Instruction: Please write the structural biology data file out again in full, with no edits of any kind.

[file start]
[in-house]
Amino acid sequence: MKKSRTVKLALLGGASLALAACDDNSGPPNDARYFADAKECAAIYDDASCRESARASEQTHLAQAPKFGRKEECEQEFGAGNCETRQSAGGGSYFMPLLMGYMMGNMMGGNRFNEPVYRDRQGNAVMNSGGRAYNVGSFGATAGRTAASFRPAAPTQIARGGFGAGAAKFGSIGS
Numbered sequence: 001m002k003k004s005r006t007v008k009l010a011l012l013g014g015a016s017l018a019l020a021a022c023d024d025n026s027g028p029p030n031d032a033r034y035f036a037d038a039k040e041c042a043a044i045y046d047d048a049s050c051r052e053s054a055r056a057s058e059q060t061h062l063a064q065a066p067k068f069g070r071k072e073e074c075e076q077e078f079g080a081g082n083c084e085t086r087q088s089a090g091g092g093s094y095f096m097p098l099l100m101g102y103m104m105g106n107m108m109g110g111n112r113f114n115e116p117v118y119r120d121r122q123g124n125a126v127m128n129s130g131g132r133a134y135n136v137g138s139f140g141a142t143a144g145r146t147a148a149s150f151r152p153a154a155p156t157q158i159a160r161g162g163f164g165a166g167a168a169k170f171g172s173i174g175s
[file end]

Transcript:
[in-house]
Amino acid sequence: MKKSRTVKLALLGGASLALAACDDNSGPPNDARYFADAKECAAIYDDASCRESARASEQTHLAQAPKFGRKEECEQEFGAGNCETRQSAGGGSYFMPLLMGYMMGNMMGGNRFNEPVYRDRQGNAVMNSGGRAYNVGSFGATAGRTAASFRPAAPTQIARGGFGAGAAKFGSIGS
Numbered sequence: 001m002k003k004s005r006t007v008k009l010a011l012l013g014g015a016s017l018a019l020a021a022c023d024d025n026s027g028p029p030n031d032a033r034y035f036a037d038a039k040e041c042a043a044i045y046d047d048a049s050c051r052e053s054a055r056a057s058e059q060t061h062l063a064q065a066p067k068f069g070r071k072e073e074c075e076q077e078f079g080a081g082n083c084e085t086r087q088s089a090g091g092g093s094y095f096m097p098l099l100m101g102y103m104m105g106n107m108m109g110g111n112r113f114n115e116p117v118y119r120d121r122q123g124n125a126v127m128n129s130g131g132r133a134y135n136v137g138s139f140g141a142t143a144g145r146t147a148a149s150f151r152p153a154a155p156t157q158i159a160r161g162g163f164g165a166g167a168a169k170f171g172s173i174g175s